Felix B Bopp, Founder & Chairman
Why Industry 4.0 ?
By Peter Cochrane, OBE
Professor of Sentient Systems @ The UoS Ipswich UK
Unlike many of our technological programs Industry 4.0 is progressing quietly in the back-ground with none of the noise and ballyhoo associated with the likes of 5G. However, the importance of ID4.0 is inversely proportional to the ballyhoo, and our future really does depend on this transformation being a big success as it is a vital step in the direction of realising sustainable societies. For sure, our feeble attempts at recycling and green energy are just a drop in the ocean and insignificant step change in the grand scheme of things. Recycling bins, solar panels and electric vehicle have a great feel good factor, but that’s where it stops, most of them cost more than they save! The big and necessary gains demanded by the planet can only be realised by the transformation of industries and supply chains based on the creation of the new and novel.
Merely polishing our existing technologies, processes and production facilities will not save us from the growing string of dire warning issued by the Club of Rome et al. since 1972. Despite understanding the ultimate cost of climate change and the denuding of planet earth of it’s raw materials at an alarming rate many individuals and nations choose to turn a blind eye to focus on personal wealth or the national interest. At the same time the human population continues to grow and we now consume over 1.5 planets worths of renewables every year. Food and water shortages invoked by climate change continue to promote wars and population migrations, and we can only expect worse if we do not find a solution.
“We have to stop producing more and more for the few and start supplying sufficient for the many”
At the core of these complex problems a prime solution focus occurs at the cusp of nano, bio, AI and robotics. It is here we will see the creation of new materials and processes that far exceed the performance of natural materials, and the amplification of limited human thinking, imagination and creativity. Most important of all is the ability to both recover materials for reuse whilst investing minimal energy for their manipulation and forming. The pulling of turbine blades from a single crystal, 3/4D printing of plastics, ceramics, and metals to create manifolds and other complex forms are now common examples. However, in the R&D labs engineers and scientists are striving to realise programmable materials using plastic and biological alternatives that can self repair, change colour, store energy and demonstrate a programmable shape on demand.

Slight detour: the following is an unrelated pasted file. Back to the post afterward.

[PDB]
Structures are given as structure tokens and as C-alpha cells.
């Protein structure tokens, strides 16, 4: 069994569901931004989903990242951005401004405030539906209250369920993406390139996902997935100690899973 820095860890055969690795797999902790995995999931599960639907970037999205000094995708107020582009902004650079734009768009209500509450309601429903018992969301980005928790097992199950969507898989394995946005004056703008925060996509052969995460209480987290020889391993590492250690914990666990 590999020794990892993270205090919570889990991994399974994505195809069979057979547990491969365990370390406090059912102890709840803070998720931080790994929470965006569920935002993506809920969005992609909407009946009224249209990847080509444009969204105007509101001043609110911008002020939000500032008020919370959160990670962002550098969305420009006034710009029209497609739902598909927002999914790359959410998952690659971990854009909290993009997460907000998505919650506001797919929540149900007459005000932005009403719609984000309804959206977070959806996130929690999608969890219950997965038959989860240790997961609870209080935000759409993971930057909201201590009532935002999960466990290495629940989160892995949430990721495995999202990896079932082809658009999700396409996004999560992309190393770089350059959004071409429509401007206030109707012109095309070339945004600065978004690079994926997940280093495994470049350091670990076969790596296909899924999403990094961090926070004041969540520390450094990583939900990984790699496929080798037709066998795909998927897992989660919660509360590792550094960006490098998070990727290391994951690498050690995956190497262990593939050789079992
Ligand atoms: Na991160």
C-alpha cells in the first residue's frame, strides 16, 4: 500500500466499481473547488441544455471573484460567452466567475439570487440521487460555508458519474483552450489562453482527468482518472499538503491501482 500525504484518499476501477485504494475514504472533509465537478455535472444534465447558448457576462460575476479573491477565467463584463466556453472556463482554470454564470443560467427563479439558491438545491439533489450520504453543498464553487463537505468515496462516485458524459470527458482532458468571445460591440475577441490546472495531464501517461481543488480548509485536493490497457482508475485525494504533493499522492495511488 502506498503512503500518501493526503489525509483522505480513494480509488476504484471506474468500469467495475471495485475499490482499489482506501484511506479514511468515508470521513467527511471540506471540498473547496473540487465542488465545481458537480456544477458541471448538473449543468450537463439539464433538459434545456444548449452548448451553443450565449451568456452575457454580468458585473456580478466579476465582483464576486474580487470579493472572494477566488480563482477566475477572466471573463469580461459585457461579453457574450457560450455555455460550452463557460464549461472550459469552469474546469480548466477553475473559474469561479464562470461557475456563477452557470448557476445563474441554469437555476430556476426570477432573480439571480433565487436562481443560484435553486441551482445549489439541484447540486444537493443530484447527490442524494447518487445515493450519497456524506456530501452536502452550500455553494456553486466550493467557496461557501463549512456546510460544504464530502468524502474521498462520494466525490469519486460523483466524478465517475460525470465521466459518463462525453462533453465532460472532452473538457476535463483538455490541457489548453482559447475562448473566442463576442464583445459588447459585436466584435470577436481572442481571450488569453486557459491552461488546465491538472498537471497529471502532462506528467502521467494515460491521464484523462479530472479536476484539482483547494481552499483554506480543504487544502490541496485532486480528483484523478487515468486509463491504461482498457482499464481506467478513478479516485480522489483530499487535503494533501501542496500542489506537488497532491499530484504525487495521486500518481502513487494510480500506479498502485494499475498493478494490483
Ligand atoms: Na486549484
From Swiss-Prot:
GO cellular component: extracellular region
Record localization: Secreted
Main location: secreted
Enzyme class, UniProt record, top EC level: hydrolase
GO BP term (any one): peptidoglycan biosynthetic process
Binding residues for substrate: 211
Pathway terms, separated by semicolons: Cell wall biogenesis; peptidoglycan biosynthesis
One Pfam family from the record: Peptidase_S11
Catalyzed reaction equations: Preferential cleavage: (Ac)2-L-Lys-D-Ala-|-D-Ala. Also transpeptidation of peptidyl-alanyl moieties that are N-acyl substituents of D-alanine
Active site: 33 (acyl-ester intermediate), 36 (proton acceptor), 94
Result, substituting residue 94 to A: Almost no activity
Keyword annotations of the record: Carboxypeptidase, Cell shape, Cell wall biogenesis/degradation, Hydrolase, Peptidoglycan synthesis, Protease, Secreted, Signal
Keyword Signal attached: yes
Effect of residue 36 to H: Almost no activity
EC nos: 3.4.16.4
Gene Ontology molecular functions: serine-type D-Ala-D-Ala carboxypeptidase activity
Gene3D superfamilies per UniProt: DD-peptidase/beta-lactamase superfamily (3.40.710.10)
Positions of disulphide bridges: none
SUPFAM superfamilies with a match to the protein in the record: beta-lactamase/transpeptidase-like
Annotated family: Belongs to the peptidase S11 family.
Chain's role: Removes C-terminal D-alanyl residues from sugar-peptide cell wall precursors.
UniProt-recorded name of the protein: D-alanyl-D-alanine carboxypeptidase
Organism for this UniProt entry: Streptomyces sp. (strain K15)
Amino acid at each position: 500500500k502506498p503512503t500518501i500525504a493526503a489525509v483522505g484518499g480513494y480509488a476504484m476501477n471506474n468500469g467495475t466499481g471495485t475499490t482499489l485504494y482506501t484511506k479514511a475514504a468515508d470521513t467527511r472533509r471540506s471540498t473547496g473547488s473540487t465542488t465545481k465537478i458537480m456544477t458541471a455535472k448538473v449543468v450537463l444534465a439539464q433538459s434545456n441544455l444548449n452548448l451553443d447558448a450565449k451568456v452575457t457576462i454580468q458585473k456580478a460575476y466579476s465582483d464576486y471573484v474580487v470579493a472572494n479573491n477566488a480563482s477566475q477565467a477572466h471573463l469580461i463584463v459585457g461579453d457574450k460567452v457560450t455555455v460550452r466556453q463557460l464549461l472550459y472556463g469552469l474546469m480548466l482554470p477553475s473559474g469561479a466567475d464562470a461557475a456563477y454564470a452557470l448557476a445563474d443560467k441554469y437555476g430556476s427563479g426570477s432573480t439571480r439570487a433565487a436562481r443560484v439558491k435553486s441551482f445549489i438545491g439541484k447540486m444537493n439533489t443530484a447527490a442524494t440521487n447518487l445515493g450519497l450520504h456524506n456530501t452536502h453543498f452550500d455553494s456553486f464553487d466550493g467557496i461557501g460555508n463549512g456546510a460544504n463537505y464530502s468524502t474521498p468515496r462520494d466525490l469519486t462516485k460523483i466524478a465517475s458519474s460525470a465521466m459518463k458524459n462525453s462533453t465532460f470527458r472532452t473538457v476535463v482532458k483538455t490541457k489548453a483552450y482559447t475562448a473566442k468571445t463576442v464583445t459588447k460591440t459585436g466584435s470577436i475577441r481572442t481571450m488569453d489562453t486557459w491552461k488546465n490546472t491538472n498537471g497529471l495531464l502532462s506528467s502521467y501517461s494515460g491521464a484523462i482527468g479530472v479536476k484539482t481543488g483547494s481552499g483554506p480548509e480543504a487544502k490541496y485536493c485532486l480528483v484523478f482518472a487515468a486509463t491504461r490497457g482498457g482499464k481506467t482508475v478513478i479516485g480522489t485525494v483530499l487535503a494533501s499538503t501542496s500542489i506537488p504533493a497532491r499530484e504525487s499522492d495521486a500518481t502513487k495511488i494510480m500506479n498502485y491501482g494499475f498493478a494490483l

The key here is unprecedented strength to weight ratios and performance with minimal processing cost and maximal material recovery, but there are potentially even bigger gains in the logistic chain. It is not uncommon for components to traverse the planet several time from producer to assembly shops and then the final system integrator. The electronics, vehicle, domestic and office white and brown goods industries definitely sit firmly in this bracket. Now, if we were to move the material printing and programming families close to, or onto, the customer site, we would only have to ship materials in solid, powder and fluid form and thus drastically reduce the number of trucks, ships, planes and trains required. To exemplify this another notch: we are close to being able to produce flexible mobile and wearable devices in a similar way we deal with sheet paper and plastic: A battery layer, a screen layer, a transducer layer with hanging electronics bonding the whole almost like the reinforcing in concrete.
When we augment all this with vertical farms in cities and towns with food grown at the point of need, the dispersement of energy storage and supply, along with localised water sources and storage we will be far closer to real, than politically correct, sustainability. And how comfortably it all sits with the internet, IoT, BlockChain, GigEconomy, Publishing, eCommerce and Social Nets as part of a new dispersed economy.
Empower a Billion Lives
IEEE Empower a Billion Lives
IEEE Empower a Billion Lives is a global competition aimed at fostering innovation to develop solutions to electricity access. Solutions are expected to be scalable, regionally relevant, holistic, and leverage 21st century technologies with exponentially declining prices.
Energy access is a global challenge